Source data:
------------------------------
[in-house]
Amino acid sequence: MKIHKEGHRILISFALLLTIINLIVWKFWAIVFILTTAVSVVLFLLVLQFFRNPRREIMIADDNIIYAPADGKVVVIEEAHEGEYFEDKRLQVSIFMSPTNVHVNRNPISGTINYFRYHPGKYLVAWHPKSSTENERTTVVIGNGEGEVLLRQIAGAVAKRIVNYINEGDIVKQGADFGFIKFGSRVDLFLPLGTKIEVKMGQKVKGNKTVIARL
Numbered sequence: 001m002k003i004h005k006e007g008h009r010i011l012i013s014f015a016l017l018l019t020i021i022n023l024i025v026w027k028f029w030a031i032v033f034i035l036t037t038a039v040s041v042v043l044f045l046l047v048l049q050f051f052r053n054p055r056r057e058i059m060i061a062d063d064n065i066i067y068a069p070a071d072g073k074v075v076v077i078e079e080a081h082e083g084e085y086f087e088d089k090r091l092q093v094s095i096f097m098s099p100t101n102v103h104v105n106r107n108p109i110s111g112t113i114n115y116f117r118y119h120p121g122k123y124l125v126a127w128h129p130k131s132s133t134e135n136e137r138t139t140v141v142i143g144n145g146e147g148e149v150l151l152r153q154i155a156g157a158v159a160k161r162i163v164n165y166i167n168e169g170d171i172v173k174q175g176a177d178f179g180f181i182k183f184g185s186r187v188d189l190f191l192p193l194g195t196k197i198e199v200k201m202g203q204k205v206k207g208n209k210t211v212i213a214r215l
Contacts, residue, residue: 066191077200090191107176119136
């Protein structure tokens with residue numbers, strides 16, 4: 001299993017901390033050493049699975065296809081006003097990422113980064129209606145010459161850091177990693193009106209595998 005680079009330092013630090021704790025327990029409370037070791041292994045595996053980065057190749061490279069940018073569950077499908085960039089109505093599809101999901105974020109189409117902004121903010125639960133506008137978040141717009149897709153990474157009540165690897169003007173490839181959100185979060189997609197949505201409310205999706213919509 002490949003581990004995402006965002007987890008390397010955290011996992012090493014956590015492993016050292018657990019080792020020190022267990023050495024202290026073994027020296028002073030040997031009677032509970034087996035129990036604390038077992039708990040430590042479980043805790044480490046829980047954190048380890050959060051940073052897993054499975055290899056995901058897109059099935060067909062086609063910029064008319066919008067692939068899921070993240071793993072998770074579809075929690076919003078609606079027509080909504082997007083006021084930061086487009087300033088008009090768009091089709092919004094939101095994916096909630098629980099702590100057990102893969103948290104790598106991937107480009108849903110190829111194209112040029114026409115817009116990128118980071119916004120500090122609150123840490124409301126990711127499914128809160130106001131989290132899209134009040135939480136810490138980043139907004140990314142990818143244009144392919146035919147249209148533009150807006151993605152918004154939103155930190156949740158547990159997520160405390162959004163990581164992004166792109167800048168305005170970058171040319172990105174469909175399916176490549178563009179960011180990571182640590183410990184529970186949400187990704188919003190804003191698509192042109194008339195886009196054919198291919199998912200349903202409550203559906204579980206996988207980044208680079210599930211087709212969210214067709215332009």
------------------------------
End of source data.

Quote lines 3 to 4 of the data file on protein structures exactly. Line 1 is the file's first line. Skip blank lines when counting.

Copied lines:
Numbered sequence: 001m002k003i004h005k006e007g008h009r010i011l012i013s014f015a016l017l018l019t020i021i022n023l024i025v026w027k028f029w030a031i032v033f034i035l036t037t038a039v040s041v042v043l044f045l046l047v048l049q050f051f052r053n054p055r056r057e058i059m060i061a062d063d064n065i066i067y068a069p070a071d072g073k074v075v076v077i078e079e080a081h082e083g084e085y086f087e088d089k090r091l092q093v094s095i096f097m098s099p100t101n102v103h104v105n106r107n108p109i110s111g112t113i114n115y116f117r118y119h120p121g122k123y124l125v126a127w128h129p130k131s132s133t134e135n136e137r138t139t140v141v142i143g144n145g146e147g148e149v150l151l152r153q154i155a156g157a158v159a160k161r162i163v164n165y166i167n168e169g170d171i172v173k174q175g176a177d178f179g180f181i182k183f184g185s186r187v188d189l190f191l192p193l194g195t196k197i198e199v200k201m202g203q204k205v206k207g208n209k210t211v212i213a214r215l
Contacts, residue, residue: 066191077200090191107176119136